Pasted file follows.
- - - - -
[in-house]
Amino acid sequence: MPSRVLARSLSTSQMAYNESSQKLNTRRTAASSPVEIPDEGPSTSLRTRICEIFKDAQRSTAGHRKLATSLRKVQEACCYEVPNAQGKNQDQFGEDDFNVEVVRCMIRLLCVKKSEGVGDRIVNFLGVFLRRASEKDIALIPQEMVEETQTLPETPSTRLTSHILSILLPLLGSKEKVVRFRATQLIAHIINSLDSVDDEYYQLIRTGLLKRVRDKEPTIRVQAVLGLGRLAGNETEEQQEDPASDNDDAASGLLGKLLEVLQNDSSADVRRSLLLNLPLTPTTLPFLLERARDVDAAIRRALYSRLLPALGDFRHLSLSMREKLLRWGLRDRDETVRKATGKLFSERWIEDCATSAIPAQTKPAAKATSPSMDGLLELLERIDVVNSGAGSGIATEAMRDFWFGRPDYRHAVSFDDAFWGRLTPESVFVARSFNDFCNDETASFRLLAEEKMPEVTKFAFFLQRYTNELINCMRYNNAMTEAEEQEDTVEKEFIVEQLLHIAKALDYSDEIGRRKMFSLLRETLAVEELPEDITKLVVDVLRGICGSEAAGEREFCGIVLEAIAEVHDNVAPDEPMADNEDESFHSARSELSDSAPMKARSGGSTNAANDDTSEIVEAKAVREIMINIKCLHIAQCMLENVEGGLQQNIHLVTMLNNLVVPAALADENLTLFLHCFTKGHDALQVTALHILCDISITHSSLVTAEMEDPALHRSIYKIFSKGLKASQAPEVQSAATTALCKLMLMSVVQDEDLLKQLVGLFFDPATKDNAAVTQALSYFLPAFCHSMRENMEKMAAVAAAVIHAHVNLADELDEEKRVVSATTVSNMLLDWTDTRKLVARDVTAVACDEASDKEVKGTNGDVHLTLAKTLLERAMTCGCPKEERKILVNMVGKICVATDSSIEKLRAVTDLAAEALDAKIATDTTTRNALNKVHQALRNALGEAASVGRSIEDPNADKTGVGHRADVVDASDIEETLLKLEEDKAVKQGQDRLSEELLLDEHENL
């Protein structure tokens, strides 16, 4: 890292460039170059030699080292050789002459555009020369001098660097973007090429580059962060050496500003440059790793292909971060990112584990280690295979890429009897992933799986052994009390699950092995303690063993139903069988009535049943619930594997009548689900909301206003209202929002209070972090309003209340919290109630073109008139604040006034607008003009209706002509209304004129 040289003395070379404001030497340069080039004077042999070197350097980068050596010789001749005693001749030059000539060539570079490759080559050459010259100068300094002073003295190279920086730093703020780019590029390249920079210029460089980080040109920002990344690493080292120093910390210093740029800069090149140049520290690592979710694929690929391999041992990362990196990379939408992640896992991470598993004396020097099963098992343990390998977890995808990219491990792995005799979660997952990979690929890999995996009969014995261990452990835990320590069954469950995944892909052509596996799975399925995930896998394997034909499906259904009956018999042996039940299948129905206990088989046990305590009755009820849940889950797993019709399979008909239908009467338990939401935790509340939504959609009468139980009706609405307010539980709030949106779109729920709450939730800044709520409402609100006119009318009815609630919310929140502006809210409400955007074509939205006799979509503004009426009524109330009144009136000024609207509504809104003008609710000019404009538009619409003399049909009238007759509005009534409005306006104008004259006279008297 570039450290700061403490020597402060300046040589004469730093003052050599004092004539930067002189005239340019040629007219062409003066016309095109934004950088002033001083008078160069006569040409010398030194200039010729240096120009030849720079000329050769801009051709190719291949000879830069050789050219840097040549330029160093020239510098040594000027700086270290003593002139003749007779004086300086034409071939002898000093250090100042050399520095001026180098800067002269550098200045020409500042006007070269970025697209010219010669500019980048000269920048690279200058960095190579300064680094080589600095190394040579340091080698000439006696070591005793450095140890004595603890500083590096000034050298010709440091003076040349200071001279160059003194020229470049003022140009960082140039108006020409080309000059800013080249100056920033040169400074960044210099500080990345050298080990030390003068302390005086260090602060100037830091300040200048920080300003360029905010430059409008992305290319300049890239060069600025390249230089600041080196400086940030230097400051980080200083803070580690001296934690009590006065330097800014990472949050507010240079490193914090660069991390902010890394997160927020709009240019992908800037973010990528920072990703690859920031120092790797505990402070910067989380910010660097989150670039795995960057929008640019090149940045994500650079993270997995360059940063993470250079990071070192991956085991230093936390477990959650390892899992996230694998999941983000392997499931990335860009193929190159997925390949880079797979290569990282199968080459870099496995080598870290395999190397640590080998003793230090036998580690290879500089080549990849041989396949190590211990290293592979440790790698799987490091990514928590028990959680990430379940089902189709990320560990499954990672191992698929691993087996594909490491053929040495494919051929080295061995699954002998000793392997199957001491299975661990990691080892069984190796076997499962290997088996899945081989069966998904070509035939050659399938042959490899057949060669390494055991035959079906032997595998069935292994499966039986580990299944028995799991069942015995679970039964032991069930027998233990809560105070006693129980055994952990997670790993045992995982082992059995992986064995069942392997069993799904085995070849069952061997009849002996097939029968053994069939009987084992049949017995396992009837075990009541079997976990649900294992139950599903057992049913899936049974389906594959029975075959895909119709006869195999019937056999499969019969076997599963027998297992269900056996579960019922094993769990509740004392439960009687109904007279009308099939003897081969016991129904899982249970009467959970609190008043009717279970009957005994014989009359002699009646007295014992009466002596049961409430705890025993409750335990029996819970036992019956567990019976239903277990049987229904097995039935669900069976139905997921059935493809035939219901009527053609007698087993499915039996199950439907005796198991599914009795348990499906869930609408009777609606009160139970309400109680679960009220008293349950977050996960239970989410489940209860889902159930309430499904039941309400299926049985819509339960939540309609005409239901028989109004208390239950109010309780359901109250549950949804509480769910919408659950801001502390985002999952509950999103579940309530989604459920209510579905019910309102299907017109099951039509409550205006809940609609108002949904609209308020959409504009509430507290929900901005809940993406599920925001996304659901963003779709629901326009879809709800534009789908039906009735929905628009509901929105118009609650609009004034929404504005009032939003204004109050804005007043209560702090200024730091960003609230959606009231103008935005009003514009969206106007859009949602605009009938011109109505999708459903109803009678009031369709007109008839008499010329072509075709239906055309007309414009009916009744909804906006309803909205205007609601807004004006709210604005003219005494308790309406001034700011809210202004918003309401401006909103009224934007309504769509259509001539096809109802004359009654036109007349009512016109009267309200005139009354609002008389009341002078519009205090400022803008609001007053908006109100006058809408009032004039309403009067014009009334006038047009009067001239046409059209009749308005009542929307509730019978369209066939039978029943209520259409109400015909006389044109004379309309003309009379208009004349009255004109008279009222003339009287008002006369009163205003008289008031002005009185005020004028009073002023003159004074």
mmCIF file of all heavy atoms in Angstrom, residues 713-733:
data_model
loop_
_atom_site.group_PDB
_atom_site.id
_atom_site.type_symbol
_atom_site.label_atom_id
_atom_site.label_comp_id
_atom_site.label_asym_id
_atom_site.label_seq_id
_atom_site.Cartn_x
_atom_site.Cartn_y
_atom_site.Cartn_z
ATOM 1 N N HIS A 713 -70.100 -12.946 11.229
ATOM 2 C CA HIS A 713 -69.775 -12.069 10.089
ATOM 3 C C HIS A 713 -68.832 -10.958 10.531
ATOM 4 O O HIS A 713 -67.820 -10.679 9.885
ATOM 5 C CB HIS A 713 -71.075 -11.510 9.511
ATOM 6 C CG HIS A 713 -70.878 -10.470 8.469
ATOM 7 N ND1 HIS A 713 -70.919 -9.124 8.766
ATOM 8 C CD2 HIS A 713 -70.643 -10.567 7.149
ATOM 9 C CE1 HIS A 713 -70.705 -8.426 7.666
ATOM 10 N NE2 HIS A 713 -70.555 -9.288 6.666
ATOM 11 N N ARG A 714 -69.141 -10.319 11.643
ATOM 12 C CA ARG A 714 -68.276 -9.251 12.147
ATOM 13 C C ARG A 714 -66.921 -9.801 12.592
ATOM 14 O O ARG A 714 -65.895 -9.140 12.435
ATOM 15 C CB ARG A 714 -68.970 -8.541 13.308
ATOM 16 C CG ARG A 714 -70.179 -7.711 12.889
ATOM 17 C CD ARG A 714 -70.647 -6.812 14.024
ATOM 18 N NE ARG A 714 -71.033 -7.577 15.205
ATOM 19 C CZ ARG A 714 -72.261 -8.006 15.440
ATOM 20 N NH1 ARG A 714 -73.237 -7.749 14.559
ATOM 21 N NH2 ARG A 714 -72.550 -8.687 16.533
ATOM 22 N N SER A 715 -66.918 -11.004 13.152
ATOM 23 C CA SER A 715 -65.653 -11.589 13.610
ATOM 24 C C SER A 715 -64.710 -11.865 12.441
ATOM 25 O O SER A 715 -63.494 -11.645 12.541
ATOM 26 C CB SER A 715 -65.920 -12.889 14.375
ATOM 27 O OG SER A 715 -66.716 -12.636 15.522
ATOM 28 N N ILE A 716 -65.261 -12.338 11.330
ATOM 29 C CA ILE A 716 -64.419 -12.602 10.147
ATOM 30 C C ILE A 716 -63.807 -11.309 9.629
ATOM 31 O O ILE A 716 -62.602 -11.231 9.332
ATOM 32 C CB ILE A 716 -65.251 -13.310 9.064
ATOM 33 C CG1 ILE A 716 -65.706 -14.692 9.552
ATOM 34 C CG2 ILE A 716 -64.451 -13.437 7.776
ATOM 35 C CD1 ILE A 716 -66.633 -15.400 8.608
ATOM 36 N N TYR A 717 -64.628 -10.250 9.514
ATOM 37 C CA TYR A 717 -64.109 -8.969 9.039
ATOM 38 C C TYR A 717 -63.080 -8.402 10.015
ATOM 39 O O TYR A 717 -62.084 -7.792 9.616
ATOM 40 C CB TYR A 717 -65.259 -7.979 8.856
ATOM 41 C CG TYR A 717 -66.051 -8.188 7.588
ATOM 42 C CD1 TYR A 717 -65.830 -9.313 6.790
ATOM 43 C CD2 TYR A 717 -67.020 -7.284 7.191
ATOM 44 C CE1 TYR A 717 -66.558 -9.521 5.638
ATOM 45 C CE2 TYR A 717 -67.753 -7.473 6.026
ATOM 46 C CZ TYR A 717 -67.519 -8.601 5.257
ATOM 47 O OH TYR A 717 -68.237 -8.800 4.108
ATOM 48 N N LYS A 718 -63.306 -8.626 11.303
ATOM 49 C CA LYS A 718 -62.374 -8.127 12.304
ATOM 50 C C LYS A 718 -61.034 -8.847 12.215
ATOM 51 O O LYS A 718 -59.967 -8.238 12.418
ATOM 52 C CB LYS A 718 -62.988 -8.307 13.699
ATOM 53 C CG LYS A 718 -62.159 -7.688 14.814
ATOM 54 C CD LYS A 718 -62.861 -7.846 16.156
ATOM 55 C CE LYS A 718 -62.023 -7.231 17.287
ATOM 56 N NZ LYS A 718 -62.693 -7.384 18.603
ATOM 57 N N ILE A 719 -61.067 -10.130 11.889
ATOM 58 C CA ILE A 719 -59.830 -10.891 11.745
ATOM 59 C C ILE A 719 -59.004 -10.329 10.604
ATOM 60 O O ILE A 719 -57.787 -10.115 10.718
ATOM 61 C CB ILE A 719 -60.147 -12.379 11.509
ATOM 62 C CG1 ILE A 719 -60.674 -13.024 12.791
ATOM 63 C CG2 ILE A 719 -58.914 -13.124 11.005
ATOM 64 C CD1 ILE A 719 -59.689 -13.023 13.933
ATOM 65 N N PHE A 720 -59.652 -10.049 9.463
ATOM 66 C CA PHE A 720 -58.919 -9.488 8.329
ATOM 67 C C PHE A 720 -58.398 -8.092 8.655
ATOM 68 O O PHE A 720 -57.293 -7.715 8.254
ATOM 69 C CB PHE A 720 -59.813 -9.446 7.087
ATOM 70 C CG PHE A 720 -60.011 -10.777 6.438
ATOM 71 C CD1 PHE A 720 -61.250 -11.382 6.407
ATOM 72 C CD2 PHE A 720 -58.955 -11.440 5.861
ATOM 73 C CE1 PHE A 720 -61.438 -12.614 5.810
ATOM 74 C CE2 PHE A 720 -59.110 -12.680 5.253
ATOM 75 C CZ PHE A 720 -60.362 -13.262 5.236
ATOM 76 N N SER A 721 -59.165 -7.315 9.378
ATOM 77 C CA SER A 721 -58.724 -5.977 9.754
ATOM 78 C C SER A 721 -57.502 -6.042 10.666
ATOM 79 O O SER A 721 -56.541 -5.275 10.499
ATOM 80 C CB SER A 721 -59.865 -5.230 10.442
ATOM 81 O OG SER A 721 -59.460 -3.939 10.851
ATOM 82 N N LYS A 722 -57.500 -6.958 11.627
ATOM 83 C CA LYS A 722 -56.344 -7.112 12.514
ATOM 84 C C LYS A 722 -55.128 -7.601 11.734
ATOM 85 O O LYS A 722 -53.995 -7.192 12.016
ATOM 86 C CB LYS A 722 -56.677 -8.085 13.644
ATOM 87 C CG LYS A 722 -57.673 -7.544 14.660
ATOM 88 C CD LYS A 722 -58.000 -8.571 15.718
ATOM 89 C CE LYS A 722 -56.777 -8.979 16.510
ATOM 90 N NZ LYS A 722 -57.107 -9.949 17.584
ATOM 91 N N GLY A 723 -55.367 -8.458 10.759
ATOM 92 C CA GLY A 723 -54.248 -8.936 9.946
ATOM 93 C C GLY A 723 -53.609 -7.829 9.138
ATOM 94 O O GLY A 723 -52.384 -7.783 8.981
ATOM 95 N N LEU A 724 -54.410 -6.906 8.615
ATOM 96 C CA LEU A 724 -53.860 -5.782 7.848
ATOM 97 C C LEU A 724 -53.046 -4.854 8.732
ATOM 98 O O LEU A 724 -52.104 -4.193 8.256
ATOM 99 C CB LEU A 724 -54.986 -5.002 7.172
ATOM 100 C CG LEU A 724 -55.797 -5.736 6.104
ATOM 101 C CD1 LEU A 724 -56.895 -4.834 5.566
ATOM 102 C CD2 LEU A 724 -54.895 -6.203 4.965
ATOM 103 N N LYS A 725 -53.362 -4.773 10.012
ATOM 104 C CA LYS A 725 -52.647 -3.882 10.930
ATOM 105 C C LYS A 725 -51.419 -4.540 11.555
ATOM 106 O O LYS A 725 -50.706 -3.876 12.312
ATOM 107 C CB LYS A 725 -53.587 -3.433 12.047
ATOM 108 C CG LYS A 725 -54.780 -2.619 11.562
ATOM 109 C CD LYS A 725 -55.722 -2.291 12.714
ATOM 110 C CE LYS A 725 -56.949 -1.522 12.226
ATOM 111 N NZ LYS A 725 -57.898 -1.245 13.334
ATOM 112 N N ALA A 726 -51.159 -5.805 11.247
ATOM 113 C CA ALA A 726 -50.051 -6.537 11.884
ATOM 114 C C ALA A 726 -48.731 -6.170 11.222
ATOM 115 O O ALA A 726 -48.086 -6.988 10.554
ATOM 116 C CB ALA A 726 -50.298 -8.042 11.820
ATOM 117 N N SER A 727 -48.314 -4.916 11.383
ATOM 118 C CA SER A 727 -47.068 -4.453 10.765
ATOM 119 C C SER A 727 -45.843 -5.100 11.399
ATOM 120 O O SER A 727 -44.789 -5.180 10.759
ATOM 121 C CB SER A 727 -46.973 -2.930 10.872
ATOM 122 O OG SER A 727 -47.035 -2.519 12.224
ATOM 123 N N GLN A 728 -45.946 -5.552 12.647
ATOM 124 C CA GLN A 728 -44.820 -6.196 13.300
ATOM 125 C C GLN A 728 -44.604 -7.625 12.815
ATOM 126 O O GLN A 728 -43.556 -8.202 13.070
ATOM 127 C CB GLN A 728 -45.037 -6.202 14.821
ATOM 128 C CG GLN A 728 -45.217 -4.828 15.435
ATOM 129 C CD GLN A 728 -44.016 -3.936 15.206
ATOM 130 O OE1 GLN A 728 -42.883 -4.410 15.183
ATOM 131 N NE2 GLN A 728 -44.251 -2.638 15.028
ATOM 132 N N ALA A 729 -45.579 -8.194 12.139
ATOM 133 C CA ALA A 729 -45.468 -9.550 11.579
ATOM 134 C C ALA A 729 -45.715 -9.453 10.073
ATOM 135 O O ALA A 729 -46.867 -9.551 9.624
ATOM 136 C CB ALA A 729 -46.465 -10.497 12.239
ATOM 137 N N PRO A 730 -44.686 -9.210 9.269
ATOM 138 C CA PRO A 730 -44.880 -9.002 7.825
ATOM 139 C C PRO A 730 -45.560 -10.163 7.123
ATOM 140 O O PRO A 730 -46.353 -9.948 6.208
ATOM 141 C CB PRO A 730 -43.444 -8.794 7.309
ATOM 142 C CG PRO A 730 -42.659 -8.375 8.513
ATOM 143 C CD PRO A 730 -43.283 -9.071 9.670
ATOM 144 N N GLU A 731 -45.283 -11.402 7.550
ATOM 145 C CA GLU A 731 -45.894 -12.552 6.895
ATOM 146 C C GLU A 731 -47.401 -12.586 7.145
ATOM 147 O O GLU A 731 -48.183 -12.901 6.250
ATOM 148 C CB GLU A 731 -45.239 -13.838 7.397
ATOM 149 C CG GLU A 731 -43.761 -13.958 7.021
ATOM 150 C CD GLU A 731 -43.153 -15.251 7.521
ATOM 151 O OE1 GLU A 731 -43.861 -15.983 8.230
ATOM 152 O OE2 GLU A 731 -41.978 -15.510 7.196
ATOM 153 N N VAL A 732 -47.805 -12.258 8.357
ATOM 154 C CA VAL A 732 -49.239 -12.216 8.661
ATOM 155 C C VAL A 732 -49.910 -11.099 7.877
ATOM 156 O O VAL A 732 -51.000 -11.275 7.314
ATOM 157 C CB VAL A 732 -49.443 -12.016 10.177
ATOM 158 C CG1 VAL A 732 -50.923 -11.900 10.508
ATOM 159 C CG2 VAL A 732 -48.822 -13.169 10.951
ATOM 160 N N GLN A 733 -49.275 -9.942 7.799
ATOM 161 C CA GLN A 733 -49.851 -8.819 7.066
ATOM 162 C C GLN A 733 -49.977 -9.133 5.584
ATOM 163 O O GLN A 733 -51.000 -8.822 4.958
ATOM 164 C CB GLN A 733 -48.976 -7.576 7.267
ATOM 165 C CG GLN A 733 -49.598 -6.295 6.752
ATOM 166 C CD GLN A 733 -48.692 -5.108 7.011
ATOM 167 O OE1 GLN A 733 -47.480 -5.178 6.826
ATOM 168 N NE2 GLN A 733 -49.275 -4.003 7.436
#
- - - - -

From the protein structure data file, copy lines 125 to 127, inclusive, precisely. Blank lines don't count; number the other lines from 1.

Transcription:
ATOM 109 C CD LYS A 725 -55.722 -2.291 12.714
ATOM 110 C CE LYS A 725 -56.949 -1.522 12.226
ATOM 111 N NZ LYS A 725 -57.898 -1.245 13.334